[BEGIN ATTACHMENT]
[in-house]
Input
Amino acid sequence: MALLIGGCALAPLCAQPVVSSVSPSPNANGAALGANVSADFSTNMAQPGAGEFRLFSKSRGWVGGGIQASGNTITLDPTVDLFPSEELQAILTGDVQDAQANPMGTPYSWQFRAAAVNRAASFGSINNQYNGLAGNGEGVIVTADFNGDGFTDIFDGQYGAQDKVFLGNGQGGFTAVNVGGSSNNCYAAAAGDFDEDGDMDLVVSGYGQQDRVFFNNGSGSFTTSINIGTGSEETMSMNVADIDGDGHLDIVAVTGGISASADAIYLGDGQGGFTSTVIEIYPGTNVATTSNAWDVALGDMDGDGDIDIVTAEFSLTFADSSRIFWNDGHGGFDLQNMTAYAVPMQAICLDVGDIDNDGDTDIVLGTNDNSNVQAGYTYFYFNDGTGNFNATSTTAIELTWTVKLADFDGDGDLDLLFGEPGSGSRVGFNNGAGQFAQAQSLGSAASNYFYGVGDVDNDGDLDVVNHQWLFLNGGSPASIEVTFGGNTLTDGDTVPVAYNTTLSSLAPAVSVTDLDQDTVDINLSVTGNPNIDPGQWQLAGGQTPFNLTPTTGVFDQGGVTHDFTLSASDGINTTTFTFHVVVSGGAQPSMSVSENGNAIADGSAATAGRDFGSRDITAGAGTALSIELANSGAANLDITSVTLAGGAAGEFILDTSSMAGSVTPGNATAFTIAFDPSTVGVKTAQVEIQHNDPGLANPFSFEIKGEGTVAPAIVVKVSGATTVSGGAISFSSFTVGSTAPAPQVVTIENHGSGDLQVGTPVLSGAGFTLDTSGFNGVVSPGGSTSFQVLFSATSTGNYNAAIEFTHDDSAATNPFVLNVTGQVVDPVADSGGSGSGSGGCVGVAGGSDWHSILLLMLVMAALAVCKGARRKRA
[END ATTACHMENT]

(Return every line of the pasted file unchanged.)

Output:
[in-house]
Input
Amino acid sequence: MALLIGGCALAPLCAQPVVSSVSPSPNANGAALGANVSADFSTNMAQPGAGEFRLFSKSRGWVGGGIQASGNTITLDPTVDLFPSEELQAILTGDVQDAQANPMGTPYSWQFRAAAVNRAASFGSINNQYNGLAGNGEGVIVTADFNGDGFTDIFDGQYGAQDKVFLGNGQGGFTAVNVGGSSNNCYAAAAGDFDEDGDMDLVVSGYGQQDRVFFNNGSGSFTTSINIGTGSEETMSMNVADIDGDGHLDIVAVTGGISASADAIYLGDGQGGFTSTVIEIYPGTNVATTSNAWDVALGDMDGDGDIDIVTAEFSLTFADSSRIFWNDGHGGFDLQNMTAYAVPMQAICLDVGDIDNDGDTDIVLGTNDNSNVQAGYTYFYFNDGTGNFNATSTTAIELTWTVKLADFDGDGDLDLLFGEPGSGSRVGFNNGAGQFAQAQSLGSAASNYFYGVGDVDNDGDLDVVNHQWLFLNGGSPASIEVTFGGNTLTDGDTVPVAYNTTLSSLAPAVSVTDLDQDTVDINLSVTGNPNIDPGQWQLAGGQTPFNLTPTTGVFDQGGVTHDFTLSASDGINTTTFTFHVVVSGGAQPSMSVSENGNAIADGSAATAGRDFGSRDITAGAGTALSIELANSGAANLDITSVTLAGGAAGEFILDTSSMAGSVTPGNATAFTIAFDPSTVGVKTAQVEIQHNDPGLANPFSFEIKGEGTVAPAIVVKVSGATTVSGGAISFSSFTVGSTAPAPQVVTIENHGSGDLQVGTPVLSGAGFTLDTSGFNGVVSPGGSTSFQVLFSATSTGNYNAAIEFTHDDSAATNPFVLNVTGQVVDPVADSGGSGSGSGGCVGVAGGSDWHSILLLMLVMAALAVCKGARRKRA